The Old Testament interested me most, and it still does; for truly it points to the kind of immortality that I have always been searching for—immortality in the flesh. In the meantime the years were doing their worst for me. I was growing old, in spite of the fact that I cherished my dream of ultimate conquest over the enemy that had, so far, submerged the entire race.

During all these years which were passing so rapidly my ideas were dreamlike, and had not yet taken the form of an absolute determination to conquer death. I could see quite clearly, I thought, that the people were going on to the time when they would conquer death, but I placed this time away off in the future—not knowing that the hour for the execution of a hope comes with the birth of the hope.

So I kept reading the Bible and praying to the God of the Scriptures until my whole life became one unbroken aspiration for truth. I had been a church member, but got nothing from this experience except disappointment; the heaven of the future was not the thing I was searching for; just to think of my soul and its after-death salvation made me impatient. "Others," I said, "may comfort themselves on a promise, but I will not invest my hope in that which requires me to yield up what I have, and desire to keep, for that which, even if attained, I may not find desirable; for how could any reasoning creature really desire the heaven depicted by the orthodox clergy of fifty years ago?

And yet I was in the dark about the final outcome of my ideas. I knew nothing of how they were to be executed, though I clung to them with the greatest tenacity, and tried many an experiment in working them out.

At one time I was strong in the belief that the favorite disciple of Jesus was still living on the earth; some words that Jesus spoke at his last meeting with John the Divine induced me to believe this, and I built up a theory about it that would read like a romance if I should write it out.

My husband laughed at me for my beliefs, though I only told him a very few of them. I had no idea that he himself had imbibed them, until he came to me one day with beaming eyes, and brought a paper containing a strange theory concerning the power of the race to overcome death. It was founded on the Bible account of creation; but, beyond showing me that there were others besides myself who were striving for the conquest of death, it did me no good. And yet it did me good in one way; the circumstance itself revealed the fact that my husband was with me in the thought, though he had never admitted it. This strengthened me, and we got in the habit of discussing the matter together.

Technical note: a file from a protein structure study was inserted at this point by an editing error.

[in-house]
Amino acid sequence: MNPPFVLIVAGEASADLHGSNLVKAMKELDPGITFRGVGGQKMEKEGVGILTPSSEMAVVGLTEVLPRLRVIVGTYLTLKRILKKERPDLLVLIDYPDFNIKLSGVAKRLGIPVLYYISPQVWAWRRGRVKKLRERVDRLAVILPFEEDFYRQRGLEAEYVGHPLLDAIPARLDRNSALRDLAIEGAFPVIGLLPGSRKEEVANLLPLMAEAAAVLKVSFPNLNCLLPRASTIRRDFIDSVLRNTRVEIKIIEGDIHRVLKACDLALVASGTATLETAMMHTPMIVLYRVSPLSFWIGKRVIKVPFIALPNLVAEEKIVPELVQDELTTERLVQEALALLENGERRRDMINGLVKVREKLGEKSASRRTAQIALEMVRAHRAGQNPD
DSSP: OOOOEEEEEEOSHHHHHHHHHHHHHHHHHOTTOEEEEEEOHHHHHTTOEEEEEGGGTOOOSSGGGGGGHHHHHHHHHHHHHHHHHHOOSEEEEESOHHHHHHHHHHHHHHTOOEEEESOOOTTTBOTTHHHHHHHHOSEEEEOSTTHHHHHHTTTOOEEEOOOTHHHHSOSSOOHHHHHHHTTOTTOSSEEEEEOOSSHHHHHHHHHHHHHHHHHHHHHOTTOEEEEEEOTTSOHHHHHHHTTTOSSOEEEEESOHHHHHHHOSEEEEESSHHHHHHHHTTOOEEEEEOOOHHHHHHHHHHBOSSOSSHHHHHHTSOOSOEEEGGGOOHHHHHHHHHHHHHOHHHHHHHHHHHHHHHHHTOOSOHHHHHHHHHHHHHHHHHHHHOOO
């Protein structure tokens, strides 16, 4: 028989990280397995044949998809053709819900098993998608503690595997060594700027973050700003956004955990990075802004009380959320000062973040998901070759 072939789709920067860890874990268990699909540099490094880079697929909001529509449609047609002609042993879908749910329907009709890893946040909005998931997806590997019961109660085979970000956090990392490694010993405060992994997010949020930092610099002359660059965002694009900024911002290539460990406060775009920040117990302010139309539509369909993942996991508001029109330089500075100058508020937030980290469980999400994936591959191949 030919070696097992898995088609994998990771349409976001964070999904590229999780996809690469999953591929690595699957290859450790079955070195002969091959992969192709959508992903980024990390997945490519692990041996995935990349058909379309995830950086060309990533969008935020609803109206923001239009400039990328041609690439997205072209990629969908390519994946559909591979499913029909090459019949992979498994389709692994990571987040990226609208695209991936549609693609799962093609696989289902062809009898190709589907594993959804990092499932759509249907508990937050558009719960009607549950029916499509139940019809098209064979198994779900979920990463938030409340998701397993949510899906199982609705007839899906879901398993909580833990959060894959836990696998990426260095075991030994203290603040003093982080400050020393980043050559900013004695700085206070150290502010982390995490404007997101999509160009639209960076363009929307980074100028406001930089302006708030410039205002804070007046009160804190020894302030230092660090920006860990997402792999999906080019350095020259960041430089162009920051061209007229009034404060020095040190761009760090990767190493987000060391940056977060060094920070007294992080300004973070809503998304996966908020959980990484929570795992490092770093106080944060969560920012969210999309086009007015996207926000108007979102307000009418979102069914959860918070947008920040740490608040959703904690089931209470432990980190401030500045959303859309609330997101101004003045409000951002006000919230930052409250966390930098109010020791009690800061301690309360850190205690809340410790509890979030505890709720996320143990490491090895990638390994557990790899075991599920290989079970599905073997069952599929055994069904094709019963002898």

I think I have never seen anyone who dreaded death so much as he did, unless it was the little child we lost when she was only nine years old, and whose terror concerning it she must have inherited from her father. For my part, I did not have it at all. I have never met anyone so entirely free from this fear as I have always been; but, in spite of this absence of fear, there is no one living more determined than I am to overcome death. With me it is just as if the life principle itself kept pouring its vitality into me, and thus asserting itself through my body, whether I cared or not. And, in a sense, this was the case, only I did care; I did recognize it, not only bodily, but in a dim way I recognized it intellectually; and my salvation lay in this fact. At least, it will lay in this fact when I am saved; and it would be difficult to convince me that I am not being saved at the present time. But for feeling my own power in the matter of conquering death, I would not now be writing this book. I am as sure that this power is vested in my brain and body as I can ever be of anything in the world.

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Helen Wilmans

  • Born in 1831 and died in 1907
  • Studied under Emma Curtis Hopkins
  • Was a journalist and author
  • Was active in the Mental Science Movement
  • Was charged with postal fraud for healing through mail. Fighting this charged caused her lose most of her fortune.